A school with a no punishment and no reward approach

Can you imagine a primary school where no child is punished, and teachers do not raise their voices in anger? Can you imagine a step further – a primary school where children are not rewarded for good behaviour or good marks?

This is the ethos of Barrowford Primary School, an Ashoka Changemaker School, which is located in Lancashire, UK. Barrowford’s school policy states that no child is to be defined as naughty. Instead of punishing a child for bad behaviour, the school uses a restorative approach to encourage everyone to take responsibility for their own behaviour.

 

Virgin Unite, Ashoka, Carol Dweck

 

The restorative approach is based on four key features:

  • Respect – listening to other opinions and learning to value them 
  • Responsibility – taking responsibility for your own actions
  • Repair – developing the skills to repair harm and ensure inappropriate behaviours are not repeated
  • Re-integration – working through a structured, supportive process that aims to solve the problem and allows young people to remain in mainstream education

How children are able to respond to failure, and how they approach learning, is the key to being successful in the 21st century. In her Ted talk, educationalist Carol Dweck challenges the constant pressure on children to focus on “getting the next A or the next test score”. She argues that this fixed mindset – as opposed to a growth mindset – is creating a generation of children who are carrying a “need for constant validation with them into their future lives.” Carol calls for a change in how we praise children, and for a celebration of the “yet” – what we are yet to achieve.

Allowing children the freedom to make – and subsequently learn from – mistakes is one of the key messages of Barrowford’s restorative approach. The school’s sanction – and reward – free policy is designed to encourage a growth mindset, and a love of learning.

 

‘Love to learn’ forms the second half of the school’s motto – the first part is ‘Learn to love’, which headteacher Rachel Tomlinson admits is often misunderstood.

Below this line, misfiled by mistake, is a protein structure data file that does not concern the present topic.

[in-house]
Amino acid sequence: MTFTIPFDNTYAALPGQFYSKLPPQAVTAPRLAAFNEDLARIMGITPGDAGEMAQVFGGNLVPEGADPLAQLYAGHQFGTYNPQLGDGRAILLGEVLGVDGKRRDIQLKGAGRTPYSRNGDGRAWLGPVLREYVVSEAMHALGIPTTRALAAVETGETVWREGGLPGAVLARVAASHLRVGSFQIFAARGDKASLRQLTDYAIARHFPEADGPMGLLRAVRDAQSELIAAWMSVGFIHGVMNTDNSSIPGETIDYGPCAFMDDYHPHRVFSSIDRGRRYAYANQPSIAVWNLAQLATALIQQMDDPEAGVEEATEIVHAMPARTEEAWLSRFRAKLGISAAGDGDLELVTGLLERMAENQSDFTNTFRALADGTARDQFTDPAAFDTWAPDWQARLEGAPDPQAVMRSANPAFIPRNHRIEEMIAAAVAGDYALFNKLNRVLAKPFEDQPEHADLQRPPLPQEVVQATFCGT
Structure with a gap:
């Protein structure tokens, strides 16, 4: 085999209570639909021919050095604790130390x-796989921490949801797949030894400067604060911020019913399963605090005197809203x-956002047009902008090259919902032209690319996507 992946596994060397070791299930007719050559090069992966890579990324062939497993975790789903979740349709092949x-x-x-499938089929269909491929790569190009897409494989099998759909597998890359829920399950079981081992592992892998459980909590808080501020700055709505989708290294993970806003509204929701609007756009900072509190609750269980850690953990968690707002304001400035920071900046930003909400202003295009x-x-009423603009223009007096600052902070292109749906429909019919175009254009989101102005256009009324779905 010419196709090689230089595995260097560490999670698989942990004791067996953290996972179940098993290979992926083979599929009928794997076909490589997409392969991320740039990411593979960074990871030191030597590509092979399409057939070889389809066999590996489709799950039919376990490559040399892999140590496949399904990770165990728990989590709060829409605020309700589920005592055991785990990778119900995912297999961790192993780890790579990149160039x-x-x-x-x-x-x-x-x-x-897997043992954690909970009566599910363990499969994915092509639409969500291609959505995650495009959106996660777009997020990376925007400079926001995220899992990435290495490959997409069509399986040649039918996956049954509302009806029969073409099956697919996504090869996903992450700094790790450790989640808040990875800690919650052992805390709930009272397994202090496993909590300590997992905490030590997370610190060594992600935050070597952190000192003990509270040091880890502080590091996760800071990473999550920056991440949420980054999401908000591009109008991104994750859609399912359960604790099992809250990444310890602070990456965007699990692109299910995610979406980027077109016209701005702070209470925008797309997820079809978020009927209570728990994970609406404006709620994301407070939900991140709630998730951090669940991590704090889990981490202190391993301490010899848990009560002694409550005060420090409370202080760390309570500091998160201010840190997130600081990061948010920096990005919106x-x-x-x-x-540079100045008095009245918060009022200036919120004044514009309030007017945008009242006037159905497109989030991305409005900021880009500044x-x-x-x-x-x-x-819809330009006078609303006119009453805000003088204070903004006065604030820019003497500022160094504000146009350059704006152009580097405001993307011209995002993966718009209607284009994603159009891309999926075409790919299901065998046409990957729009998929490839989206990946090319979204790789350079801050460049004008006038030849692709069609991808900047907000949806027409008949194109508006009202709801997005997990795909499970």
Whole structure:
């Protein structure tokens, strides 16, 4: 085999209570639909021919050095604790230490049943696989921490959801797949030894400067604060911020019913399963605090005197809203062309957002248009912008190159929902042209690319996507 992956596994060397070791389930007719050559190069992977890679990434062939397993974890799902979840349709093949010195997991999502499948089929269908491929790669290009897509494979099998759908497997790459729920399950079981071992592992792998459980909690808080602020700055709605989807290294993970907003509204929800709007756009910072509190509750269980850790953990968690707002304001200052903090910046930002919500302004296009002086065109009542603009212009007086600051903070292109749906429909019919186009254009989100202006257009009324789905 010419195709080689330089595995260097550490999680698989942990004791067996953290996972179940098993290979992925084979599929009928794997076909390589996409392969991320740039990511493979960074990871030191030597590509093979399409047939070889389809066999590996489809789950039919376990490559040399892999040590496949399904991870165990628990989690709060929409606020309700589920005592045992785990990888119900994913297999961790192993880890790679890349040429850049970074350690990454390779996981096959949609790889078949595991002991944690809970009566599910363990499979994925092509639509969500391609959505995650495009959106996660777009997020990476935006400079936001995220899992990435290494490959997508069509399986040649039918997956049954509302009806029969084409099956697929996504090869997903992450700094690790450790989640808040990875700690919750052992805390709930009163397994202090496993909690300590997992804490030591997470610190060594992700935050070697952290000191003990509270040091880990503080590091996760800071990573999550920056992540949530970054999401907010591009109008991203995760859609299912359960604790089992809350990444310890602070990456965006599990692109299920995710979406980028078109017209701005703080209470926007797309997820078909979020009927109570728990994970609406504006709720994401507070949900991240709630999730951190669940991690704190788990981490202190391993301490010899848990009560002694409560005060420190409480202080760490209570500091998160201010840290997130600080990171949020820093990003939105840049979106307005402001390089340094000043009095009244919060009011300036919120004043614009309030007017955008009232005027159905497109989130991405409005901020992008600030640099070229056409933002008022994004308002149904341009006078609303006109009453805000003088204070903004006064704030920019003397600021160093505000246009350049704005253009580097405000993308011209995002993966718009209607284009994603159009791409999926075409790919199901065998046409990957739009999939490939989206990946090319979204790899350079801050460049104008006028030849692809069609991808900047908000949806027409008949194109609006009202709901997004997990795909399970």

“Learning to love is about teaching children emotional literacy, to have control of their emotions, to be aware of who they are as individuals, and how they can improve. We all should be improving all the time in order to be better learners and better people,” explains Rachel.

Virgin Unite, Ashoka, Carol Dweck2

Virgin Unite, Ashoka, Carol Dweck2

 

The school is committed to providing a nurturing environment, and no children have been excluded from the school since Rachel has been in charge.

When a Year 4 pupil started having trouble focusing in class and presented as anxious, Barrowford’s Nurture Team worked with the pupil, her teacher and her family to tackle these issues. The pupil had in the past witnessed her mother suffer domestic abuse, and was also taking on caring responsibilities for a younger sibling at home. The pupil’s teacher and family were able to better understand how to interact with the pupil and how to give her the support she needed. Through school-based play therapy and this support, the pupil was able to overcome her anxiety and become a happy and enthusiastic learner. 

Virgin Unite, Ashoka, Carol Dweck3

Virgin Unite, Ashoka, Carol Dweck3

 

Barrowford believes that central to ‘learning to love’ is learning to respect an individual’s differences.

“Treating people equally doesn’t mean treating them the same – one person’s needs are very different to another’s. In a punishment-free and reward-free environment, we can sit down and challenge each other when we feel someone’s behaved inappropriately. Even as adults, people find that very difficult,” says Rachel. “If we can give children the ability to celebrate and to understand differences, it could change how situations like war and refugee crises in the future are handled.”

 

Barrowford’s no punishment, no reward approach allows pupils the freedom to make and learn from mistakes, which teaches resilience and encourages a growth mindset. By emphasizing the importance of respect and empathy for one another, pupils develop the skills for conflict resolution. Barrowford’s restorative approach is empowering its pupils to become the next generation of changemakers.

By Ellen Goodman, Ashoka UK. Barrowford Primary School was elected an Ashoka Changemaker School in 2015. Ashoka Changemaker Schools are disrupting education systems teaching skills from empathy to entrepreneurialism. Read more information on the programme.

This article first appeared on 18th April 2016 on Virgin.com

This article was originally published on 8 February 2017
Related TopicsChildren & Youth, Education reform, Lead Young

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